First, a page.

WASHINGTON -- Coca-Cola didn't get much love from the Supreme Court Monday in claiming that its Minute Maid pomegranate-blueberry juice is the real thing.
"Misleading," "deceptive" and "labels that cheat the consumers" were some of the descriptions used by the court to describe Coke's name for a product that contains 0.3% pomegranate juice and 0.2% blueberry juice. And those were just from Justice Anthony Kennedy, the most frequent swing vote on the court.
The occasion was a challenge from POM Wonderful, makers of 100% pomegranate juice, brought under a 1946 law that prohibits false advertising. And while Coke countered that two laws governing Food and Drug Administration regulations allow the name, a majority of justices weren't enamored with the label.
"Why are you permitted to use it in a misleading way?" Justice Sonia Sotomayor asked Coke's attorney, Kathleen Sullivan. When Sullivan disputed that the label was misleading, Justice Ruth Bader Ginsburg chimed in, "Suppose that the reality is that consumers are misled."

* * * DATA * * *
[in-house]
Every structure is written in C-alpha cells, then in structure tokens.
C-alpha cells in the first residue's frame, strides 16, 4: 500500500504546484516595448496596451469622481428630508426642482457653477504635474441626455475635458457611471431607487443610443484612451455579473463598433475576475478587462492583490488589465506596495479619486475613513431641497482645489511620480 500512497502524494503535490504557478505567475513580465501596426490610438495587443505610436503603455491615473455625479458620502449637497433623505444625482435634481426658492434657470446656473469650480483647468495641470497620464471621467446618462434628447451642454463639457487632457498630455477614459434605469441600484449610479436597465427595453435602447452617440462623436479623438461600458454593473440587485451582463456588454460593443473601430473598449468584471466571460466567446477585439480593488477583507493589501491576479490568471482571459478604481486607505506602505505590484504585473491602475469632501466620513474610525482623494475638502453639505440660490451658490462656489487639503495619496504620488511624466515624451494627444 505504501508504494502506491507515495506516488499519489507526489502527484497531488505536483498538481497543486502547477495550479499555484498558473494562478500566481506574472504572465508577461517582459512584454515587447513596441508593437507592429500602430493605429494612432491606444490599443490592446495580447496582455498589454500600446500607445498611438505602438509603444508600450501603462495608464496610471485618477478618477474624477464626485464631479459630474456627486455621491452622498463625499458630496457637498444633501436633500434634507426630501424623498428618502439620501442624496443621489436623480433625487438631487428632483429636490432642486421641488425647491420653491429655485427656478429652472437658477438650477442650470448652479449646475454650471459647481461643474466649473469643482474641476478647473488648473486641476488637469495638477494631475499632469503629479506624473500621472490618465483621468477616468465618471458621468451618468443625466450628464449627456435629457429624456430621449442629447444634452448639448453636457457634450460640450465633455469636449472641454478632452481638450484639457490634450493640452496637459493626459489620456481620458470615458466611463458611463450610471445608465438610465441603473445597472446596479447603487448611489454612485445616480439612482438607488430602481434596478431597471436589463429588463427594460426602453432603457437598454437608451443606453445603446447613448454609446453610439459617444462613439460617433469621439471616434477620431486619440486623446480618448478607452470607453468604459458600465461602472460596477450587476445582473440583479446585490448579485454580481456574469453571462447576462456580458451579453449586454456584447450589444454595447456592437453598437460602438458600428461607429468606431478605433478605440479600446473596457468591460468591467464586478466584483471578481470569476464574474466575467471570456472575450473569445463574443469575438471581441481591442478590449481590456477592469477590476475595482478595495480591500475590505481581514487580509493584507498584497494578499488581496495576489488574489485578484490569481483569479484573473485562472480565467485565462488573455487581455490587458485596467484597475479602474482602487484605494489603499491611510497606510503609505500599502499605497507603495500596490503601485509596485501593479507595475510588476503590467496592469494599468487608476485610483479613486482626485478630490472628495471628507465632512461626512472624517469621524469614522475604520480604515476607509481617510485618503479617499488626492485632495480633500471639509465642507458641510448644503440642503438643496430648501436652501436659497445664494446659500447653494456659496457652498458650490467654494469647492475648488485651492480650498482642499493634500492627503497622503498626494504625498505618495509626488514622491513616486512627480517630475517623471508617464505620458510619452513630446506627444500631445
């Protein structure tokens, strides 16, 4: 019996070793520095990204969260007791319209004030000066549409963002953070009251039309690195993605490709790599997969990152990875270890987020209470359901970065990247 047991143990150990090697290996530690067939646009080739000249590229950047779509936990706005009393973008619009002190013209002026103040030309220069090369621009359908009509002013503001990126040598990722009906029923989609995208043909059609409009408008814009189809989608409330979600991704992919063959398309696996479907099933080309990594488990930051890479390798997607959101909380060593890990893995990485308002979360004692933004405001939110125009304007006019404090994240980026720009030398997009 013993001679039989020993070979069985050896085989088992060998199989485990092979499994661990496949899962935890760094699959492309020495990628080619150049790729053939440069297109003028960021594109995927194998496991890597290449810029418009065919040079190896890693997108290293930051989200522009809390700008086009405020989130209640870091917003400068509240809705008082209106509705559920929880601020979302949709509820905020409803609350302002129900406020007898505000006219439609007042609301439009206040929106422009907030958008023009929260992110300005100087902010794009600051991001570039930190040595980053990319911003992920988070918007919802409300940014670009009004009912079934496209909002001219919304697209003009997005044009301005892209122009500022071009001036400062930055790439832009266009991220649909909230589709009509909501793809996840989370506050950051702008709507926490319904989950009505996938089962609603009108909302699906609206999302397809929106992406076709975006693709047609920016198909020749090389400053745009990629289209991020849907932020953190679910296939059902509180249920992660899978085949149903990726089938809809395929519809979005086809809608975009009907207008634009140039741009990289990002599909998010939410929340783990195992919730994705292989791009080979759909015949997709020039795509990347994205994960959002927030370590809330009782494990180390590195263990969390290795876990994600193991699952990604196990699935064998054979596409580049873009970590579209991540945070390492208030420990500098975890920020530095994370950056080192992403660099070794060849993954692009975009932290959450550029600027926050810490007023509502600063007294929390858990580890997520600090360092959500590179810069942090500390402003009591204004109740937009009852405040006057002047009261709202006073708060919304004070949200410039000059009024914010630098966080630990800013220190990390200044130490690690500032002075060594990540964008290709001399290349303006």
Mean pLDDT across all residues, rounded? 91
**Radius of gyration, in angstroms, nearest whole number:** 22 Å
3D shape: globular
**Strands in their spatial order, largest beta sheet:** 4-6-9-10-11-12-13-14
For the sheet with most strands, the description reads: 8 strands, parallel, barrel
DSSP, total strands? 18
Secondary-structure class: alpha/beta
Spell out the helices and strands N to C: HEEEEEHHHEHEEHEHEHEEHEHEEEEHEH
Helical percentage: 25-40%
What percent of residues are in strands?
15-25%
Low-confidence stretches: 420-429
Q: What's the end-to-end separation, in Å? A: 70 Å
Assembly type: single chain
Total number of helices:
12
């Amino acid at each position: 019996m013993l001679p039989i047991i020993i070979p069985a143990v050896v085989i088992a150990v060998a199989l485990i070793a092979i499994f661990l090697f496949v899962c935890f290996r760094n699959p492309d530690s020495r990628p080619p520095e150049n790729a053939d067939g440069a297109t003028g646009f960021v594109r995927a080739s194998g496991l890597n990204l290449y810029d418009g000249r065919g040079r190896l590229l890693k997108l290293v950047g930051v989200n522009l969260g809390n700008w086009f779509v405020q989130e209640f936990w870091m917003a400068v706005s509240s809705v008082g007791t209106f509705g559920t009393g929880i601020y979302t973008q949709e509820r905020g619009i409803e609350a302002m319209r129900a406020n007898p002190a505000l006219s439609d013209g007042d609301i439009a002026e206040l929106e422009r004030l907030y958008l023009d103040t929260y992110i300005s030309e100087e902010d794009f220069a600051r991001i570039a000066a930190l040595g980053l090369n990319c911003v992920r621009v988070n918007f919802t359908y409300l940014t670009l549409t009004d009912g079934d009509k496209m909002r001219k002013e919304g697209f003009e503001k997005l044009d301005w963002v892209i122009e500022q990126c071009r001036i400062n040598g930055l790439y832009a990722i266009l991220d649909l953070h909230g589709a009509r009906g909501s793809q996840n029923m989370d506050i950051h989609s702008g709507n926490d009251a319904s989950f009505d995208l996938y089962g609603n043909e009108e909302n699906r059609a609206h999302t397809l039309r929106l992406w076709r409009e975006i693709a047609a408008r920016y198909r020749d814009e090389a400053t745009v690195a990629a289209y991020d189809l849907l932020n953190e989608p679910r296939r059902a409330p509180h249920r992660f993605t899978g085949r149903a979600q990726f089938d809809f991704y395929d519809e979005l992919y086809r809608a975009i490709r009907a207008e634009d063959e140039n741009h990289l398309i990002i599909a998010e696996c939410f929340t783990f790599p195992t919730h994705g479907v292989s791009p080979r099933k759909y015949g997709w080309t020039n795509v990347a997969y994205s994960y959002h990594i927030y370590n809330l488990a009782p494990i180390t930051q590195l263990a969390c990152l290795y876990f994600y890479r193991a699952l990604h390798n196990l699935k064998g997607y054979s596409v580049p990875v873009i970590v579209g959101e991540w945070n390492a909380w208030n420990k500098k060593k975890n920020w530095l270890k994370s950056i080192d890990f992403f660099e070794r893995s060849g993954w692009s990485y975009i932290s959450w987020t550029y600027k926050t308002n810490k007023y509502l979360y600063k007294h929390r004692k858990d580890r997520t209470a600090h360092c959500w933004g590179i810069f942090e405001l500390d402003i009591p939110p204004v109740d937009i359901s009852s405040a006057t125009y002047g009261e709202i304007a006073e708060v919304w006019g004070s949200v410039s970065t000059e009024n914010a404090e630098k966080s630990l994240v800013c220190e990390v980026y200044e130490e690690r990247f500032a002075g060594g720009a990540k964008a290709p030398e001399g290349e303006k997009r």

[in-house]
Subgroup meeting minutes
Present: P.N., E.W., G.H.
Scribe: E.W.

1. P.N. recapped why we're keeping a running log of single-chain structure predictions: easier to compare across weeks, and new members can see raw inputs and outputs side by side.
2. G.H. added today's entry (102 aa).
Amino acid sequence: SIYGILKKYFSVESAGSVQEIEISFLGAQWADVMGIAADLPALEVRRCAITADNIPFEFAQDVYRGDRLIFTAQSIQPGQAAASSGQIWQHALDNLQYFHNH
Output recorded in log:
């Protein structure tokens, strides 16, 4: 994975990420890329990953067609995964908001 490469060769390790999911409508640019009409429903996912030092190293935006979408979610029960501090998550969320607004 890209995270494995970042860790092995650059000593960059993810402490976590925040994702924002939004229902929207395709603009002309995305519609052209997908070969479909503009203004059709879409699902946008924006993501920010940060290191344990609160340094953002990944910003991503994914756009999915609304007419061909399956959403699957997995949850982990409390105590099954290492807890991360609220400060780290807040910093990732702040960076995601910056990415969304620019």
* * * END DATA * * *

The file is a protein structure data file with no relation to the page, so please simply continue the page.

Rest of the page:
So misled, it became clear, that Kennedy himself was among those duped. "Don't make me feel bad, because I thought that this was pomegranate juice," said the court's lone Californian, where the fruit is grown.
The case boils down to a contest between various laws enacted by Congress, and which one carries the most weight. POM Wonderful argues that the Lanham Act prevents competitors from mischaracterizing their products.
That fits Coke's juice to a P, POM attorney Seth Waxman said, because it contains only an "eye-dropper" of pomegranate juice. "It amounts to a teaspoon in a half gallon," he said, the rest being almost entirely less expensive apple and grape juices.
Coke says the FDA has authority in this area, which would stop POM Wonderful from succeeding in state courts. The only way to have one law of the land, Sullivan said, is to adhere to federal labeling rules, which permit naming products by their "minority" contents.
"Coke's label is, as a matter of law, not misleading," Sullivan said. A close reading of the label shows that it's called "Pomegranate Blueberry Flavored Blend of 5 Juices," with the first two words printed in larger letters.
But that argument didn't appear to pass muster with the justices. Several noted that the FDA's principal role is in protecting health and safety, not commercial competition.
"Labels for juices are not really high on its list," Ginsburg said.